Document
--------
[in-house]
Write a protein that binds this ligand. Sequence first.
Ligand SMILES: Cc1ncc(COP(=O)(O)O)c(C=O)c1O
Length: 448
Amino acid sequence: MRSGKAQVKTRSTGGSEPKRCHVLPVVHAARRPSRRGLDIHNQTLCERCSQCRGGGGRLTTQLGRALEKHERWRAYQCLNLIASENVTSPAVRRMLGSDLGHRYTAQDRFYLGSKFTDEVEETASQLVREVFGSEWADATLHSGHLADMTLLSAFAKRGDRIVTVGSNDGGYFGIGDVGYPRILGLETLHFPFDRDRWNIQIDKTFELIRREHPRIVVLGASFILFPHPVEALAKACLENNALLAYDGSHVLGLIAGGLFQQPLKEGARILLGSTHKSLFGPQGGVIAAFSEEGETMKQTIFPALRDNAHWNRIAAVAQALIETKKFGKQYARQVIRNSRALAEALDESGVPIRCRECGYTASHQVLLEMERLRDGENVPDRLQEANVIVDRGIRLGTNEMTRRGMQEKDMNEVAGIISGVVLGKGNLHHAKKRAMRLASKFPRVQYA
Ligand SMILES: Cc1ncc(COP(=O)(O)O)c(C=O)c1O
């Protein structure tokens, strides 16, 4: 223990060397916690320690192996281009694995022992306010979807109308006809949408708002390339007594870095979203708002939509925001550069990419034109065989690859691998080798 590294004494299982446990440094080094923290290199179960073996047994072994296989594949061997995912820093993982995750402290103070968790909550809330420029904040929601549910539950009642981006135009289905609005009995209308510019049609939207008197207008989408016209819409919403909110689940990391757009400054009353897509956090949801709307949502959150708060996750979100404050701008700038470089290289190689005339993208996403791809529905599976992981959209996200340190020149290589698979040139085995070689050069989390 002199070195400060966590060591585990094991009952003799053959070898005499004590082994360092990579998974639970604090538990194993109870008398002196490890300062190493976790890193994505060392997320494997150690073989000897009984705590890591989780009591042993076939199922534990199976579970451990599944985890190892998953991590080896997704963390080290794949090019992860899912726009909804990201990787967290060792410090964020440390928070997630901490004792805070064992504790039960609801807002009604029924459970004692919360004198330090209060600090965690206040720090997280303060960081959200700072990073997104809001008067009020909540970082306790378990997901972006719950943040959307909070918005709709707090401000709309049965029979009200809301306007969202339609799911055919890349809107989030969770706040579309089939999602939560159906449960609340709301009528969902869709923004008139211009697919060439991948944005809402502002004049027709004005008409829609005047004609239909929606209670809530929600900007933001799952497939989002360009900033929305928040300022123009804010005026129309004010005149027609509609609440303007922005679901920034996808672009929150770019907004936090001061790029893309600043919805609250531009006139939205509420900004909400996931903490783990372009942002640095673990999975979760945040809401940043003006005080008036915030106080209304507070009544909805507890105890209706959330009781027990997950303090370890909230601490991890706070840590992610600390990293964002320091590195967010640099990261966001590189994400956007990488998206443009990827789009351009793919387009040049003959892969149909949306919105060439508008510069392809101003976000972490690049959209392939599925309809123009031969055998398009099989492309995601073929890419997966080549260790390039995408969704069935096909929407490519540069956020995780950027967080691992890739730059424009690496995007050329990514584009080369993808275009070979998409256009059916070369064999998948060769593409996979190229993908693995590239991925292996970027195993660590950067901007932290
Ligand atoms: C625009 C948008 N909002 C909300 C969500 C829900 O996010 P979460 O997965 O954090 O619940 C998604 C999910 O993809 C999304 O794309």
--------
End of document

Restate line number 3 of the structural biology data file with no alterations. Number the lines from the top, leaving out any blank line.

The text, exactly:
Ligand SMILES: Cc1ncc(COP(=O)(O)O)c(C=O)c1O